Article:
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Comparing Credit Cards and Personal Loans

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When we find ourselves in a spot of financial difficulty, where do we go to find the best solution? This is a question many of us face at some stage in our lives, and whether it’s looking for a credit card or a loan, there are so many options to compare in the market. It’s very confusing for a consumer to find the best product for their personal needs. This article provides a steer on the key differences between credit cards and online loans.

Key Differences Between Credit Cards and Online Loans

Key Differences

Credit Cards

Online Loans

Interest Rates Around 15% to 25% Rates typically start from as low as 6.49% p.a. for secured loans and can go as low as 6.95% per annum for unsecured loans. The lowest unsecured personal loan rate found in Finder’s database is 10.78% p.a.
Repayment Terms Revolving credit, with minimum monthly payments varying based on outstanding balance. 16 days up to 7 years
Fees and Charges Annual fees, late payment fees, cash advance fees, foreign transaction fees, etc. Establishment fee of $400 or 20% (capped at $400), and monthly loan fee of 4%
Eligibility Criteria Generally based on credit score, income, and credit history Consider credit score, income, employment status, and debt-to-income ratio
Flexibility and Usage Can be used for various purchases, online transactions, and cash withdrawals. Typically used for specific purposes such as debt consolidation, home improvements, or major purchases
Rewards and Benefits Often include rewards programs, cashback, travel miles, and purchase protections, depending on the card Some lenders offer loyalty rewards programs where borrowers can earn points or benefits with each loan they obtain
Impact on Credit Score Responsible users can improve credit score; missed payments or high balances can hurt your credit score Payment history affects credit score, but installment loans may positively impact credit mix and history
Application Process Typically applied for through banks or financial institutions online or in-person Applied for online through lenders’ websites or platforms, with documentation and verification required.

Credit Cards

If you are looking for a credit card, make sure you request a ‘key facts’ sheet from each provider, so you compare and contrast their fees, interest rates and features. These should include:

  • minimum repayment
  • the interest rate that applies to purchases/cash advances/balance transfers (for how long)
  • promotional interest rates (if any)
  • length of the interest-free period (if any)
  • annual and late payment fees (if any).

When paying off your credit card, always try to budget and be disciplined to pay off the full amount owed each month. By doing so, you will avoid additional interest charges and reap the benefits of any interest-free periods. As a result of this, you will pay off your debts faster, although you may only be able to pay off the monthly minimum repayments. Should this be the case, keep a lookout for a card with a lower interest rate and pay off more of the balance when possible. Try to avoid withdrawing cash on your card, as cash advances have no interest-free periods, and the interest rates can be very high. You are also likely to pay a fee when using an ATM.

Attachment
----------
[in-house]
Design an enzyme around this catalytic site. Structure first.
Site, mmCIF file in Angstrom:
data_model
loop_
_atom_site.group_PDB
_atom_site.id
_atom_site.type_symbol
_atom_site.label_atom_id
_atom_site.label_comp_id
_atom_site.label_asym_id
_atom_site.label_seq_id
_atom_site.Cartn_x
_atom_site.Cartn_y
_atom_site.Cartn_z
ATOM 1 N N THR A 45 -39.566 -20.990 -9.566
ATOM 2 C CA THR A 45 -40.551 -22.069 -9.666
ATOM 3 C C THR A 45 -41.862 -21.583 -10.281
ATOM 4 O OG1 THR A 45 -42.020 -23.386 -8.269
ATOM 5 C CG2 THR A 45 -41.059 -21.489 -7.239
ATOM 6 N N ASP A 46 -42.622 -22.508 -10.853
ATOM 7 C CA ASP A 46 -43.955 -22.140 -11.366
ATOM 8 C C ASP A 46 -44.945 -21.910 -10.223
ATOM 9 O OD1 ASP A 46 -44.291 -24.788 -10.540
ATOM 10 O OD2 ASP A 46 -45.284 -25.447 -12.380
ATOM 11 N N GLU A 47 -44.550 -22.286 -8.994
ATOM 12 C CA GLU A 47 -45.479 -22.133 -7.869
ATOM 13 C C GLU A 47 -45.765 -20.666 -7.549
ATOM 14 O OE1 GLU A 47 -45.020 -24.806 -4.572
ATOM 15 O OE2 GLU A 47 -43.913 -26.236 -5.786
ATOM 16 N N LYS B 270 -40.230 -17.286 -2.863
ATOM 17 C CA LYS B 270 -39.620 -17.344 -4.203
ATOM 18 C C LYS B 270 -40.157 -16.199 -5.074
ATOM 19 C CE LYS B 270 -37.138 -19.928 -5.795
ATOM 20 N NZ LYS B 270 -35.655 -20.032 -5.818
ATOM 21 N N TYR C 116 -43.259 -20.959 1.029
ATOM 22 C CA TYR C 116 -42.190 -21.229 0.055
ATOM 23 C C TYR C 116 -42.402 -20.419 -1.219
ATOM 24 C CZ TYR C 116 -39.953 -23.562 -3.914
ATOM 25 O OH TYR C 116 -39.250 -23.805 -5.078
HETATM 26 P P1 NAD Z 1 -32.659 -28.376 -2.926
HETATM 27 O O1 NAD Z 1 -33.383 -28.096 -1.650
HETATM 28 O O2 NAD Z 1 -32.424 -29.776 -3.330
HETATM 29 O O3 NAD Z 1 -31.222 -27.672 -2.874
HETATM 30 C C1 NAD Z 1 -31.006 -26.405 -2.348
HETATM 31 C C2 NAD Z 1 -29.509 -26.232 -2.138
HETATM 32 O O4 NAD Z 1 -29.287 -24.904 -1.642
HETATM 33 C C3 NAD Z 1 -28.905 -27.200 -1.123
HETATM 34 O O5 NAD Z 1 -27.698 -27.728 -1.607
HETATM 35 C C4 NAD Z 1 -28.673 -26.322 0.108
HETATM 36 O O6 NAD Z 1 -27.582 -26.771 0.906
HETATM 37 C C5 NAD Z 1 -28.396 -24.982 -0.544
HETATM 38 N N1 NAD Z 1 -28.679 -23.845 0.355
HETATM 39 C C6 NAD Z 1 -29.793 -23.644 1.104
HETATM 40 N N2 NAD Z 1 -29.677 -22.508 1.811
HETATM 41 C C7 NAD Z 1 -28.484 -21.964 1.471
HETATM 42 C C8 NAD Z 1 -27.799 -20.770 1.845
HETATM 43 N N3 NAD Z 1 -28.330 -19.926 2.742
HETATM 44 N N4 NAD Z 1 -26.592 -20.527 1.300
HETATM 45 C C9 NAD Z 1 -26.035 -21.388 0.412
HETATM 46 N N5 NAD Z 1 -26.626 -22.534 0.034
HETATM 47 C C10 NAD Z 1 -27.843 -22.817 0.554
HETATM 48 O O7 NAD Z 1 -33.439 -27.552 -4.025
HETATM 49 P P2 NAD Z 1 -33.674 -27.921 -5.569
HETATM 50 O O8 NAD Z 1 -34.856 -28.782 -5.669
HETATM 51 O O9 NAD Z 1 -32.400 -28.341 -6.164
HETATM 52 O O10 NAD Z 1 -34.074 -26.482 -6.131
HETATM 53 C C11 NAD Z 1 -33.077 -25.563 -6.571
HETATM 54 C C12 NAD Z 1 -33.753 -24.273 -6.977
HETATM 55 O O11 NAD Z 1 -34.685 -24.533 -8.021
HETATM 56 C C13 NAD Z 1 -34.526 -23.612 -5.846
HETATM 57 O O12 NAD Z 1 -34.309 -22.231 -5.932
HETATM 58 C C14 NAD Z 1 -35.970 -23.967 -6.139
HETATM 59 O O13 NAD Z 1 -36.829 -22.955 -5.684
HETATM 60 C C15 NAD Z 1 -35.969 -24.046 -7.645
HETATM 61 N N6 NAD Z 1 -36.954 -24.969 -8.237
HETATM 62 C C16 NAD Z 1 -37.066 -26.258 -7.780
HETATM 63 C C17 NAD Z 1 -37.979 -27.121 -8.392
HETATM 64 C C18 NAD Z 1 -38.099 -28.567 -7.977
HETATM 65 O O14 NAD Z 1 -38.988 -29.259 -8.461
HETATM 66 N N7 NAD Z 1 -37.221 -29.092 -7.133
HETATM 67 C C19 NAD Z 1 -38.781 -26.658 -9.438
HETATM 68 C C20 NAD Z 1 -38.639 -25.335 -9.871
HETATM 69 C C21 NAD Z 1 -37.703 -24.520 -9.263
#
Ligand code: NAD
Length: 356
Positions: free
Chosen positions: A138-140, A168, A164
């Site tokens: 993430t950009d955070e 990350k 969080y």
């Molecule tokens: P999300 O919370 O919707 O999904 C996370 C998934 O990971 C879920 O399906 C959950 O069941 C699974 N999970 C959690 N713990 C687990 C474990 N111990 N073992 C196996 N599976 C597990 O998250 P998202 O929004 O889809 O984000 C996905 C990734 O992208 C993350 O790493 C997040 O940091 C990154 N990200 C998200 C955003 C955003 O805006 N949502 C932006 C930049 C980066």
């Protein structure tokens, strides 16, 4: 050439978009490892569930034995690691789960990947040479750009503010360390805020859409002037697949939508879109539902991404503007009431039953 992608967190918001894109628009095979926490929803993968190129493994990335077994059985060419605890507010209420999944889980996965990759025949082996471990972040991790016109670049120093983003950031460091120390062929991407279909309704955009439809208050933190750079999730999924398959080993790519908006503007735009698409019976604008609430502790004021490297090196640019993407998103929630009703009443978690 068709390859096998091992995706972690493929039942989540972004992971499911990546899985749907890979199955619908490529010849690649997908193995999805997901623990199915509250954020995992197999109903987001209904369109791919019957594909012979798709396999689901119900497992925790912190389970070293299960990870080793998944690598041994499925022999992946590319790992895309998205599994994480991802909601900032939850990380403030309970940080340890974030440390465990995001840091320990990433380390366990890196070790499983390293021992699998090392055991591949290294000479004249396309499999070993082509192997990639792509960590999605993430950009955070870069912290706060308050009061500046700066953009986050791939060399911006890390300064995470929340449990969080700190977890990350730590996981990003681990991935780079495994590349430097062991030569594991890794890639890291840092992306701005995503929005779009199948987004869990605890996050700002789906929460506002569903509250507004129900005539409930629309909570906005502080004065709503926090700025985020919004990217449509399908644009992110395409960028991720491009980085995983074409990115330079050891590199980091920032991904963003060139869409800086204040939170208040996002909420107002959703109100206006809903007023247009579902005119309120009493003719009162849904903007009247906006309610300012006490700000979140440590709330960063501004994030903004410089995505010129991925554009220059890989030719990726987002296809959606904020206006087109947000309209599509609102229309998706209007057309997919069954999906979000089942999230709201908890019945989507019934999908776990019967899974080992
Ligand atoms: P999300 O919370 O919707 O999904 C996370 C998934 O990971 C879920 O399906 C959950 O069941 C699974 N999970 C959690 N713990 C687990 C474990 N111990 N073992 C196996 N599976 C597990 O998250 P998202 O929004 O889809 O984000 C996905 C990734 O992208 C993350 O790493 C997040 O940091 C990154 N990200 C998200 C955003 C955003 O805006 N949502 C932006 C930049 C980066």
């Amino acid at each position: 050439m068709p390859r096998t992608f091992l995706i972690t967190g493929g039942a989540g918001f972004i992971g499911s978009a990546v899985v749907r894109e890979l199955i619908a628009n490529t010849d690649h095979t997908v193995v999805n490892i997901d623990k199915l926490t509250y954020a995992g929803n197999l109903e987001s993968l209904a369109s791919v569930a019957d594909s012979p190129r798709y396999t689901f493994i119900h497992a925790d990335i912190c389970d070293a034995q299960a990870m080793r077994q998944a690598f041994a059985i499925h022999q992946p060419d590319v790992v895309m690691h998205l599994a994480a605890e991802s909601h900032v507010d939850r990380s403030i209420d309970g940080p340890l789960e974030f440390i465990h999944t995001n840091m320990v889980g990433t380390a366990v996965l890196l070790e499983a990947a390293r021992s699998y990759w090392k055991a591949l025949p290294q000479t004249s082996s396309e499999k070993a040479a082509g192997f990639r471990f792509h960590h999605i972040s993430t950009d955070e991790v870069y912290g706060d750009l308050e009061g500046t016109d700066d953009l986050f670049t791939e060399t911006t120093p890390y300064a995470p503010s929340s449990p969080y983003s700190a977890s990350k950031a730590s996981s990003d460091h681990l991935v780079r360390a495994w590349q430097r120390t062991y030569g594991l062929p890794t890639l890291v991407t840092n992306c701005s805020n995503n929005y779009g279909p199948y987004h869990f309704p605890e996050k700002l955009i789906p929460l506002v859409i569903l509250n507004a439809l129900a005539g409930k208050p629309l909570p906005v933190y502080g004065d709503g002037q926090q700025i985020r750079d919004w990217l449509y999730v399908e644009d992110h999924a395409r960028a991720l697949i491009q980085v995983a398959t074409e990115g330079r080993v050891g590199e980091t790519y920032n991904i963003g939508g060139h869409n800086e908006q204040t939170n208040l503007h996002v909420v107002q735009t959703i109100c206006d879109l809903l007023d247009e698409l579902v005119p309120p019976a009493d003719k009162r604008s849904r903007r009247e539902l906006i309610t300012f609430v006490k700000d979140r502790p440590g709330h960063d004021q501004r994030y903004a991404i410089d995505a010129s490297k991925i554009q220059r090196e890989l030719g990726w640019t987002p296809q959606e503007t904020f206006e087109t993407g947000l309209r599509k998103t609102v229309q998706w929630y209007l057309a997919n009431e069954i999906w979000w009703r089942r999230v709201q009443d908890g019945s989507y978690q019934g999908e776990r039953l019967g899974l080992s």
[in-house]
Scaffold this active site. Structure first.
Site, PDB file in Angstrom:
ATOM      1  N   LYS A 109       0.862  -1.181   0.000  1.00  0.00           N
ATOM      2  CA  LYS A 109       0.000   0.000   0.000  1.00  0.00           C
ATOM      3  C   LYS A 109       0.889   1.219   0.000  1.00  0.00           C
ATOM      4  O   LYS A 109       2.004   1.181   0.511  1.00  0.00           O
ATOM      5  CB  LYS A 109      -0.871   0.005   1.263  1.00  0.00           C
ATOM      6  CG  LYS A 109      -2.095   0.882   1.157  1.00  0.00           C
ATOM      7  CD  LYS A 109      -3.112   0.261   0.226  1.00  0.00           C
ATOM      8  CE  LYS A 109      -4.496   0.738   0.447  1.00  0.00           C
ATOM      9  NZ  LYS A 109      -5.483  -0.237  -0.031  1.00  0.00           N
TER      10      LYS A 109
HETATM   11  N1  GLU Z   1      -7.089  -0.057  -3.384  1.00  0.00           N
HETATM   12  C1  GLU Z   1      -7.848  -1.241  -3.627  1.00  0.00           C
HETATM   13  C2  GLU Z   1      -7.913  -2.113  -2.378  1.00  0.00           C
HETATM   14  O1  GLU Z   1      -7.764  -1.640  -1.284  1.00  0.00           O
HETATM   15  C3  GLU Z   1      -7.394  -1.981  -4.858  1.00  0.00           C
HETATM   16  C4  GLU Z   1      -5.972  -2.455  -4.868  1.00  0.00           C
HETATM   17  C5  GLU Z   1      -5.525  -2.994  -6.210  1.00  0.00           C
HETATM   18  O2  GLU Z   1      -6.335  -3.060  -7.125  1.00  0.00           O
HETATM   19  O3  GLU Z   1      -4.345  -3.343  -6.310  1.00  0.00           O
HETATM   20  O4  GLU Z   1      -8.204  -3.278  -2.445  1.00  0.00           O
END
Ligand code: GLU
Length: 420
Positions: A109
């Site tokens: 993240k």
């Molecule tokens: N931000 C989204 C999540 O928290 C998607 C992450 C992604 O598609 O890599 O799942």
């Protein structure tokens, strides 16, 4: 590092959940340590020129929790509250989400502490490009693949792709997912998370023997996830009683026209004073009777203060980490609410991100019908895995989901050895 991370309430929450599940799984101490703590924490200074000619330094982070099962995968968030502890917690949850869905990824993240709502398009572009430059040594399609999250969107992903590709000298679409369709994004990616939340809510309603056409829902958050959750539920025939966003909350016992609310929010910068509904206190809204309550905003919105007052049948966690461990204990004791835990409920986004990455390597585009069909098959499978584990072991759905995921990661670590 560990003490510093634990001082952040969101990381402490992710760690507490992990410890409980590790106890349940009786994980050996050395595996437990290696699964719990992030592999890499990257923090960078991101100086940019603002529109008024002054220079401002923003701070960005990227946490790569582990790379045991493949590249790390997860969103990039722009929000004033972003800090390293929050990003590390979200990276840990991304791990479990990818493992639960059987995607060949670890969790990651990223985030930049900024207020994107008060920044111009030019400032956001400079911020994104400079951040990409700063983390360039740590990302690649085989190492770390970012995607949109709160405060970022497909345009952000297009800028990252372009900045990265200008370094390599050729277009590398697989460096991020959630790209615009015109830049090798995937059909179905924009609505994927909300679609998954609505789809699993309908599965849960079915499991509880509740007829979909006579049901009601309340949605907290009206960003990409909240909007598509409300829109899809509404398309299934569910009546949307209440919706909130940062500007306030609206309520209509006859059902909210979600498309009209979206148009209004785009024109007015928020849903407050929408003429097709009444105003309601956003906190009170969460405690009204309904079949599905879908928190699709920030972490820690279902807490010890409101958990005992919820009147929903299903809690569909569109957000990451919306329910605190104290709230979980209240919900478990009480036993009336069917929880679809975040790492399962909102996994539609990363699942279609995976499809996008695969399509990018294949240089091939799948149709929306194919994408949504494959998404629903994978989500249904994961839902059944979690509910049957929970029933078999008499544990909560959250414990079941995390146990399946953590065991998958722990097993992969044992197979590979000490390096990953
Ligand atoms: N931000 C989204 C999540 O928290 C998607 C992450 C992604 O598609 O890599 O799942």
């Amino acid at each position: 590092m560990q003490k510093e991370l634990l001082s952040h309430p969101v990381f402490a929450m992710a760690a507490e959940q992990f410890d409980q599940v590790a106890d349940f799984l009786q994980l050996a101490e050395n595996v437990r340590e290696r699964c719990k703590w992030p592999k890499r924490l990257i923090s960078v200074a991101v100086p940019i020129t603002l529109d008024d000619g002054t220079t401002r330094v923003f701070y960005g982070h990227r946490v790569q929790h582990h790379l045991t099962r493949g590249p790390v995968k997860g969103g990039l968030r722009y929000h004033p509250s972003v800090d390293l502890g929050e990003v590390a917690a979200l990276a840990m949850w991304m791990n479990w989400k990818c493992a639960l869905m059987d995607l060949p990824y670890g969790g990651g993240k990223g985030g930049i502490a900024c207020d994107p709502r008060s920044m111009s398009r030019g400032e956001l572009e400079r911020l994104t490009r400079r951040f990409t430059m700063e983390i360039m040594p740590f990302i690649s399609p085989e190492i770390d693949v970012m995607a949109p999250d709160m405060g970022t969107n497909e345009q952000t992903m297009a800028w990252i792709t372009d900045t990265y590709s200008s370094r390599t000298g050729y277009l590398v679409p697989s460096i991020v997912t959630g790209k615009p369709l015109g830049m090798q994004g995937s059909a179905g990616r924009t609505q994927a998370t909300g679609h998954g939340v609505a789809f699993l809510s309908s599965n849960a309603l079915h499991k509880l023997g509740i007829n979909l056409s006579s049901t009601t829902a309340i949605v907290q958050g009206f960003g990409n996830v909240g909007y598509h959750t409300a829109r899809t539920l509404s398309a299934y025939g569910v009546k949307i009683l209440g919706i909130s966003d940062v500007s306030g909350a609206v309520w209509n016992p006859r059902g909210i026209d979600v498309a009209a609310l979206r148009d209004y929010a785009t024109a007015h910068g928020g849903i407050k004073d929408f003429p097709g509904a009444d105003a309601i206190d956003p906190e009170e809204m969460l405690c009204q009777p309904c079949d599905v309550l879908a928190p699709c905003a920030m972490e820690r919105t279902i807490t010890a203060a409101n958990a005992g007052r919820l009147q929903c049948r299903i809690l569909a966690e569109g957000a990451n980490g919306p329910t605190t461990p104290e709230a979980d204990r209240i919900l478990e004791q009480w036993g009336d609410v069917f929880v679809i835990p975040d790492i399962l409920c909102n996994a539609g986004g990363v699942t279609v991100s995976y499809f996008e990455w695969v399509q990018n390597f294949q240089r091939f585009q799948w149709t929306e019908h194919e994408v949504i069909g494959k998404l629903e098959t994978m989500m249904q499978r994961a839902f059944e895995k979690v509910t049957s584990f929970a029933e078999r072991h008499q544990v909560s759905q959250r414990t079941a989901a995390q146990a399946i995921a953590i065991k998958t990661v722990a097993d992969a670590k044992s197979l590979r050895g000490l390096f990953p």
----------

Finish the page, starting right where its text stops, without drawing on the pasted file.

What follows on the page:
If you run up $500 on your credit card with typical terms with minimum repayments of 2.5% of the outstanding amount. You then decide to stop using that card, so you can pay off what you owe. Interest is charged at 16% per annum for the date of purchase (unless you pay the full balance off each month), and there are no additional fees on the account. By making only the minimum repayments, you’ll pay about $421 in interest on top of the $500 originally borrowed – or $921 in total which will take you around 5 years to pay off that card. By paying just $37.50 a month, you’ll pay off the balance within 15 months and pay only $46 in interest. That’s a saving of $375.


Should you be considering taking out a loan, always be aware of the following fact checklist:

  • total amount to be paid back over the lifetime of the loan
  • interest rate
  • establishment fees (if any)
  • ongoing fees
  • what happens if interest rates rise?
  • how can I pay off my loan faster?

Lenders should provide a comparison of all repayment options. Depending on the type of loan you choose, repayment options always be presented to the consumer. The comparison rate will include the interest rate or monthly payment amount, plus additional fees and charges. A loan with a lower interest rate but with higher fees and charges could be more expensive than an option with a higher interest rate.

As of 1st July 2013, new national interest rate caps were enforced, meaning providers could not charge an interest rate of more than 48% on the loan’s interest. Additionally, there is a cap on costs, which depends on the type of credit provider you choose. However, some exemptions such as ADIs (Authorised Deposit-taking Institutions) exist. These providers don’t have caps on interest rates and costs. They fall under some banks, building societies and credit unions. Also not limited to continuing credit contracts like credit cards.